Back to overview

The Israeli ‘Place’ in East Jerusalem

Contributed by Jerusalem Quarterly on 18.12.2007:

How Israeli architects appropriated the Palestinian aesthetic after the ’67 War

Alona Nitzan-Shiftan


The Jerusalem Quarterly

Summer 2006

Issue 27

How does new territorial control become inexorable fact? 1 How does such fact, based on confiscated land, turn into “a national home”? How does this ‘home’ embody the Israeli ‘place’ even as Palestinians contest possession of the genius loci? This essay examines the legitimizing professional discourse of Israeli settler society. Although it addresses problems in Israeli architectural practices in Jerusalem, many of the observations here apply to the Israeli built environment in general. It focuses on the architectural practices that empowered the first Israeli-born generation–the generation entrusted with Israelizing Jerusalem after the 1967 War. In its efforts to localize Israeli architecture, this generation faced a double-bind. On the one hand, it criticized the high, developmental modernism that had hitherto shaped the state; on the other, it sought a situated modern architecture inspired by the Palestinian vernacular (and thus belonging to the Arab ‘other’). This impasse provokes intriguing questions in postcolonial theory about how colonizers appropriate the culture of the colonized in order to define an authentic national culture of their own.

The Search for Place

Architect Moshe Safdie expressed this predicament succinctly when describing the approach to Jerusalem (later, he would play an instrumental role in its Israelization).

[T]he road ascends to a crest overlooking the western hills of the city. Down the slopes, a deserted Arab village hugs the hill, small and larger cubes made of the stone of the mountain: domes, arches, vaults, the mosque’s tower, shaded passages, all in harmony with the landscape and the sun.2

Safdie contrasted this idealized picture of a vacant Lifta with the achievements of Israel’s Ministry of Housing. “At the summit of the hill,” he pointed to David Anatol Brutzkus’s housing in Upper Lifta (Romema), “is a series of long four-story apartment structures built in the late fifties. They do violence to the mountain. They are foreign, as if imported from some rainy, cool European suburb”3.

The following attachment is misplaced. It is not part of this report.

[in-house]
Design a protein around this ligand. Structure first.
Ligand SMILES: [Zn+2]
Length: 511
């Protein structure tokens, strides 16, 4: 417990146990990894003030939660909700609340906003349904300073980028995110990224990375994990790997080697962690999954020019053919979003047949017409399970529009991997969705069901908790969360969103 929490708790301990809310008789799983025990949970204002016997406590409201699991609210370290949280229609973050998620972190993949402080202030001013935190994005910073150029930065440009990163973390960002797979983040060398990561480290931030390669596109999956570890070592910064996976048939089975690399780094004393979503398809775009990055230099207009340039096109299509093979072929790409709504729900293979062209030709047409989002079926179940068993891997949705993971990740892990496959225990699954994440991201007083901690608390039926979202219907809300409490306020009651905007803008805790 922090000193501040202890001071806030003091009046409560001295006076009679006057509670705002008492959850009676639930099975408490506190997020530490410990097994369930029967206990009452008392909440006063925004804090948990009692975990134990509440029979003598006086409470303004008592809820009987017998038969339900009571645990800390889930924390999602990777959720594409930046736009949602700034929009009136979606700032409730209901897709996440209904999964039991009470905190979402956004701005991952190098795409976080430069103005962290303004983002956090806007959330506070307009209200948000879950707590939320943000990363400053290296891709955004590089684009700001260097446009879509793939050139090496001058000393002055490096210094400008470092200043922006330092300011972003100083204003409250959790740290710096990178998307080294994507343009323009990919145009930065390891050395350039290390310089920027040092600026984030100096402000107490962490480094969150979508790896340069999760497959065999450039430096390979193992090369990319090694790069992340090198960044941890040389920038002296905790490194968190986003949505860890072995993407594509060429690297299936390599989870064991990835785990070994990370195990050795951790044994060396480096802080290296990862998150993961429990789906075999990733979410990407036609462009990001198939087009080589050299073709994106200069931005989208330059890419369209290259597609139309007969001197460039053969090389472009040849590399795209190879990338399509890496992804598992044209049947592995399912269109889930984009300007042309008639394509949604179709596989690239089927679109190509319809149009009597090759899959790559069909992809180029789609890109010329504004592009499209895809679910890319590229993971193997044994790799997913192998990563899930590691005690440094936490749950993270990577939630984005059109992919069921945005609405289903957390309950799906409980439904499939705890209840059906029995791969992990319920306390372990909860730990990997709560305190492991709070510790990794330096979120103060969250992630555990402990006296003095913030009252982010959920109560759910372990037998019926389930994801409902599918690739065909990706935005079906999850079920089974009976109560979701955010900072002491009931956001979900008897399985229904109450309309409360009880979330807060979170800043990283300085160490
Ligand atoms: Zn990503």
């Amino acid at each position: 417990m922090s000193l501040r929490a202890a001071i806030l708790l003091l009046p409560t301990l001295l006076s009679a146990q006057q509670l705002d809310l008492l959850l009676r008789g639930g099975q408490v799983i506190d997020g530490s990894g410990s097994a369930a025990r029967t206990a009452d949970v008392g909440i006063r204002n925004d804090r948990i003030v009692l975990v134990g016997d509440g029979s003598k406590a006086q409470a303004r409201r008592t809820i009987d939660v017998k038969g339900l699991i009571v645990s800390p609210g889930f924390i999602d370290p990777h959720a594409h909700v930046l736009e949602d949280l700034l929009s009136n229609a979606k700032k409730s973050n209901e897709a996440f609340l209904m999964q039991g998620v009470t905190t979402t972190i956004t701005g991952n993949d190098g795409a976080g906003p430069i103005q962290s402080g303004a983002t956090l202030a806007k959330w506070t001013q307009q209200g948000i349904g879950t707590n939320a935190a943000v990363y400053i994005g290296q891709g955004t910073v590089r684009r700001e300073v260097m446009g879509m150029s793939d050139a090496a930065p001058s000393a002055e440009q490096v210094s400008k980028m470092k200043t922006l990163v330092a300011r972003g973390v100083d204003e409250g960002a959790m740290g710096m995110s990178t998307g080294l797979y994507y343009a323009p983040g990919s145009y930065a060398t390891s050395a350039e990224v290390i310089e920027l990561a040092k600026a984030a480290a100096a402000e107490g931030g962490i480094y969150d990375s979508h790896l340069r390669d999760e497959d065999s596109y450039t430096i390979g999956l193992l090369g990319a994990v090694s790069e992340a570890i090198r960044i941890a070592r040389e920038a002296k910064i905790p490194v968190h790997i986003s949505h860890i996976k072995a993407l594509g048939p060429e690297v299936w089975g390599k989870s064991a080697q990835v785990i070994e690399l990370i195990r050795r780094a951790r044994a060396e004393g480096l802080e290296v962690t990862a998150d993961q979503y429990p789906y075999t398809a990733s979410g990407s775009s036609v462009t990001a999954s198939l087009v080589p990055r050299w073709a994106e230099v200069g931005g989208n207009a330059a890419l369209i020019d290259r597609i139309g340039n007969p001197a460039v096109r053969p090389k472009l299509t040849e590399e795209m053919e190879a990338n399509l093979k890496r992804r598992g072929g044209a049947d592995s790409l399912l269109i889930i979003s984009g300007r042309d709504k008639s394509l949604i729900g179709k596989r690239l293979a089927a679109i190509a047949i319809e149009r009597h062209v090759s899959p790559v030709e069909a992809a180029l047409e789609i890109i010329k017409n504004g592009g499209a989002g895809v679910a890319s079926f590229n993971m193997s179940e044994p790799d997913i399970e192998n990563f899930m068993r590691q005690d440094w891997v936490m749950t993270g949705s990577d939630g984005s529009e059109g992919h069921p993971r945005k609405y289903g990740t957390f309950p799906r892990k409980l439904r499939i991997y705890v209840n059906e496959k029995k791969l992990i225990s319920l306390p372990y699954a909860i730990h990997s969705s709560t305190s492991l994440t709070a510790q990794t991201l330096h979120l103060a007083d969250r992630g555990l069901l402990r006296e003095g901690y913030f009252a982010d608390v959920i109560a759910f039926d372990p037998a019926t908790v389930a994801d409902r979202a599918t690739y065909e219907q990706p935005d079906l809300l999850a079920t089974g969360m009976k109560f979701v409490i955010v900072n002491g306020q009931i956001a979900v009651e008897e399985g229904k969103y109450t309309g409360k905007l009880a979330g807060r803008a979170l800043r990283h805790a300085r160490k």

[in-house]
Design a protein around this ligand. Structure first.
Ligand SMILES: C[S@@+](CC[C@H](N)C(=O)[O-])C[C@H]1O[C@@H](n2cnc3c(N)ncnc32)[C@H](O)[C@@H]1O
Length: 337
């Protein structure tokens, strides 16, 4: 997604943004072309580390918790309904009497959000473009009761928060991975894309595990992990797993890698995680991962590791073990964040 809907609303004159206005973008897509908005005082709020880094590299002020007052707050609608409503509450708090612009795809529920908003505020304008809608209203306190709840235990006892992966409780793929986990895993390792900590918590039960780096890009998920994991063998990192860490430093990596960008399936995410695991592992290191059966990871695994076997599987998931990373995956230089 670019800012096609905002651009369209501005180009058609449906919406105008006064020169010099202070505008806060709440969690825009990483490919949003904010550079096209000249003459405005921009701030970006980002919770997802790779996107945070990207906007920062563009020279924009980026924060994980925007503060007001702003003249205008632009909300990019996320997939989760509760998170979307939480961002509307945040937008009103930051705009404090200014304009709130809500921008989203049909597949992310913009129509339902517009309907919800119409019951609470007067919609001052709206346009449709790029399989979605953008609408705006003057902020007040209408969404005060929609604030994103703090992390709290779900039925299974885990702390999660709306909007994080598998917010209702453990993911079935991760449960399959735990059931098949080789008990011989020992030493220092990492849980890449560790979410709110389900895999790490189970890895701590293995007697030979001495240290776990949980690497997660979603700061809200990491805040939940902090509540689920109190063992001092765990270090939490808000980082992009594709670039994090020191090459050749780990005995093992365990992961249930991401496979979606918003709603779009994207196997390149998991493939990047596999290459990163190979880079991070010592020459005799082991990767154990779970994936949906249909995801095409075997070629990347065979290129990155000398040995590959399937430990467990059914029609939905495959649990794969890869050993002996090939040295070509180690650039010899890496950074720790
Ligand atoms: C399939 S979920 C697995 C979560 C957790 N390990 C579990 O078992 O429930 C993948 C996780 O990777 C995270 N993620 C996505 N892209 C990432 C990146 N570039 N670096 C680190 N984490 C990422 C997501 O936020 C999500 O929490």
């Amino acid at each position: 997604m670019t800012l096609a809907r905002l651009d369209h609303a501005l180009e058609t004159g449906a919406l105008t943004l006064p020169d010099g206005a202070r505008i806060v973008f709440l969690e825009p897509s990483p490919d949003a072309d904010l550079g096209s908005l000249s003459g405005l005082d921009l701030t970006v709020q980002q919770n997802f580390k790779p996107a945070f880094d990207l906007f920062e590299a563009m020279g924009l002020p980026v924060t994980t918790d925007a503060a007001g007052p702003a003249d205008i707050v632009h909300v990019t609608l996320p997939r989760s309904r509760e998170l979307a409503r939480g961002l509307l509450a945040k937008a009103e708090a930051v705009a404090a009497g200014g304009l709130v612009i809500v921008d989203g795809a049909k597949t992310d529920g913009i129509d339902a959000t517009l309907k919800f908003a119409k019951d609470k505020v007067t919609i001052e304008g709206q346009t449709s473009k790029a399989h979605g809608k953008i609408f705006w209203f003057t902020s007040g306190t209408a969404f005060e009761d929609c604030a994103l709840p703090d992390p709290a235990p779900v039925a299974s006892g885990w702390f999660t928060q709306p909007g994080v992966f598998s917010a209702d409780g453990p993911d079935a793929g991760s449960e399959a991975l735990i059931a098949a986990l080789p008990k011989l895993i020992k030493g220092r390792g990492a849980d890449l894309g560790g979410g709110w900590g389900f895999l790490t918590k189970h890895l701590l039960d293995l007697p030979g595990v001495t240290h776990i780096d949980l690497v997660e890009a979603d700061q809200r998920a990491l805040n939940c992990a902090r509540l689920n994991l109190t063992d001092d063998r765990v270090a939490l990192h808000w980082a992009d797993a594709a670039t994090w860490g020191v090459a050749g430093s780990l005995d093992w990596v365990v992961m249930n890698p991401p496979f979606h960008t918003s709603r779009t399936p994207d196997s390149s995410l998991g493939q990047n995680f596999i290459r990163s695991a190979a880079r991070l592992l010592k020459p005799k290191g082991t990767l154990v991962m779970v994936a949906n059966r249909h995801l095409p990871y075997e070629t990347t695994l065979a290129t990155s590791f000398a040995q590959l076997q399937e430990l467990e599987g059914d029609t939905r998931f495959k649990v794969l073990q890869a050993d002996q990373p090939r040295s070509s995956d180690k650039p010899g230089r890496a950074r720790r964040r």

What Safdie articulated was a generational refusal to espouse the high modernism of Israel’s nation-building years. Although already established by Israel’s first architectural history text as a pervasive Israeli architectural tradition,4 it fell short of addressing the aspirations of a younger generation whose members sought a ‘new’ tradition authenticated by deeper roots. In order to conceive of an identifiable ‘Israeli architecture’, they turned instead to the tradition of the ‘place’ as found in villages like Lifta, and later in the townscape of the Old City.

Eventually, the search for the Israeli ‘place’ evolving from the late 1950s undergirded the conceptual framework most prevalent in post-1967 Jerusalem. Instead of uniform modernist housing blocks, architects experimented with building clusters, hierarchical circulation, and broken masses. The minister of housing explained the state’s building methods in East Jerusalem, prescribing low-rise, stone-clad building. “Also incorporated,” he added, “are elements of Oriental building such as arches, domes, etc.” These “building types are especially adjusted to the topographic condition and the slopes of the sites.”5 The clear reference to the hitherto rejected Palestinian built culture intrigues: how could such built tradition be accepted as a model for the post1967 architecture of Israeli Jerusalem?

For the remainder of the article, see:

There are no comments. Add one!